Using Social Media Channels as Networking Outreach Platforms
Actually, there's one more web page every content writer's website should feature: a Blog page. As one of the oldest forms of social media, blogging has helped organizations and individuals attract online attention to themselves since the late 1990s. Your blog page allows you to post relevant, authoritative articles on subjects close to your target audiences' hearts. You can discuss specific content writing problems and solutions (positioning yourself as the solution, of course), dispense advice on how to use that content for maximum effect or discuss the various ways content writing and business intersect. When prospective writing clients search Google using keywords related to that subject matter, your article will hopefully pop up on their search results. The readers then land on your website, learn about your services, and reach out to you for help.
These days, blogging represents just one of the many social media avenues available to you. Consider the following options.
YouTube — Even if you normally think in terms of the written word, don't discount the power of visual images. Google owns YouTube, the most popular and widely used online video channel in the world. You can post YouTube videos that address the same kinds of subjects you might write about in your blog or even integrate those videos directly with specific blog articles through backlinks to your website. Add SEO-friendly text to the videos' descriptions to make sure they capture Google's attention.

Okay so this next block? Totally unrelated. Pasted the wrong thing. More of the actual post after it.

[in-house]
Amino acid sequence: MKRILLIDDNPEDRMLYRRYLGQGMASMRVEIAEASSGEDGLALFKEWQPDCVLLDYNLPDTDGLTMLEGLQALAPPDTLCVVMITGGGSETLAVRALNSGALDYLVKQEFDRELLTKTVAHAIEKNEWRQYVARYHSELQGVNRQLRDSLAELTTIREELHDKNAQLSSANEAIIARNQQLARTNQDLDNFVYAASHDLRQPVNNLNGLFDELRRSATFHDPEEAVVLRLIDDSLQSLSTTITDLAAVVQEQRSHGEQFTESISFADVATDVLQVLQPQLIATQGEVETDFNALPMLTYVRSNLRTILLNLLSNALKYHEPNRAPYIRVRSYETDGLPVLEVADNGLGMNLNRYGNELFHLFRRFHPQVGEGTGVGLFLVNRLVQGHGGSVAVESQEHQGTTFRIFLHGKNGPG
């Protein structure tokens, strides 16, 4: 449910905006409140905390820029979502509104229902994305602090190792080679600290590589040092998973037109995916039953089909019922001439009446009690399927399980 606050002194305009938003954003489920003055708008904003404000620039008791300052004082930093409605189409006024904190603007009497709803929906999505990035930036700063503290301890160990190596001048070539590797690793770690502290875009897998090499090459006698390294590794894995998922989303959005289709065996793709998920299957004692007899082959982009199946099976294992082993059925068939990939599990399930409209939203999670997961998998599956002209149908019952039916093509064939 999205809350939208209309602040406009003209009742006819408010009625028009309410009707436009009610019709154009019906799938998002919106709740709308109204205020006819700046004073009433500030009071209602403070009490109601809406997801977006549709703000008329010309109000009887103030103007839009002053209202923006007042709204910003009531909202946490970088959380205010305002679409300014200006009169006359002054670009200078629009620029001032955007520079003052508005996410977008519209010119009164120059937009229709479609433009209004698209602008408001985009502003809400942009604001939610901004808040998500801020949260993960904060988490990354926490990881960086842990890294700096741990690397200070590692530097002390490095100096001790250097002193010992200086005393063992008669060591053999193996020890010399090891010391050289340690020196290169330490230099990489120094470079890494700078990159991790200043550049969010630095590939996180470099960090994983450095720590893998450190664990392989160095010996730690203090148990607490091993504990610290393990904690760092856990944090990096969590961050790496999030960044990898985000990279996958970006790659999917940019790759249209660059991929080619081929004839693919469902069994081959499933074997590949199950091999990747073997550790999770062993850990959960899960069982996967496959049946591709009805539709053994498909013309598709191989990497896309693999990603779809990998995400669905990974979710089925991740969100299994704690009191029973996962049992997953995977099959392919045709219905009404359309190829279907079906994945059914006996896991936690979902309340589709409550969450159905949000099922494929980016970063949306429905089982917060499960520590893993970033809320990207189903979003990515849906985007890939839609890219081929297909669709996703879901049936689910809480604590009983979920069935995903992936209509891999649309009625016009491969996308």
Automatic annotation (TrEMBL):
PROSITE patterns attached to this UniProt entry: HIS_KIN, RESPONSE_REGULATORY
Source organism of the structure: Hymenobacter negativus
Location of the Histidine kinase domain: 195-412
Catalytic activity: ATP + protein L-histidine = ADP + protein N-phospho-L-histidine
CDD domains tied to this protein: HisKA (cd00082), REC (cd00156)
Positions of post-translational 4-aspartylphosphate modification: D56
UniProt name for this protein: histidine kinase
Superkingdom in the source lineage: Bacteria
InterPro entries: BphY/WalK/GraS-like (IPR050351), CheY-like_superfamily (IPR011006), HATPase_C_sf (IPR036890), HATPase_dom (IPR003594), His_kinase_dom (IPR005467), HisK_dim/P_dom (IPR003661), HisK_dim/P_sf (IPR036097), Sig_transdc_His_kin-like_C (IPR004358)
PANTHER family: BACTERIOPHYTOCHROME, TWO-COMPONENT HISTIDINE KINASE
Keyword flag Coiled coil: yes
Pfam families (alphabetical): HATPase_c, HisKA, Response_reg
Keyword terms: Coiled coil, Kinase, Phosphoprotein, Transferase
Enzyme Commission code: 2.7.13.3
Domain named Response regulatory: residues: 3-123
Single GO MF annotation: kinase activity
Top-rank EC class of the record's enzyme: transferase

LinkedIn — LinkedIn serves as the primary online networking platform for businesses, especially businesses in the B2B sector. If you want to connect with other business owners and key players, you can almost certainly do so here. Just remember that your LinkedIn profile requires the same writing skill and attention to detail you might lavish on your website since many people will encounter you for the first time through this profile. If you want to become a mover and shaker on LinkedIn, join multiple LinkedIn groups and participate actively (and persuasively) in LinkedIn conversations.
Facebook — Facebook doesn't revolve around the business community the way LinkedIn does, but you'll still find plenty of business pages on this social media powerhouse platform. You'll also have plenty of chances to connect with old friends and make new ones all over the world, which of course can lead to content writing opportunities. If you write your own fiction alongside other forms of content, Facebook could prove an ideal environment for spreading the word about your latest masterpiece.
Networking Organizations and Events Worth Attending
With all the online social media networks available to you, you may wonder why you'd ever need to network with others on a face-to-face basis. But face-to-face contact, either in person or over a video connection, does much to build trust. People like to see that they're communicating with a real-life human being and pick up those enlightening little visual and aural cues that help them understand who you are and what you're about. It also helps them remember you by attaching a face and/or voice to your online presence.
In-person networking events can help you make an even more vivid impact on others in the business world. The COVID-19 pandemic forced many of these networking organizations to shift to a video-only environment, but you can expect them to return to the "real world" when circumstances permit. A few popular networking options include: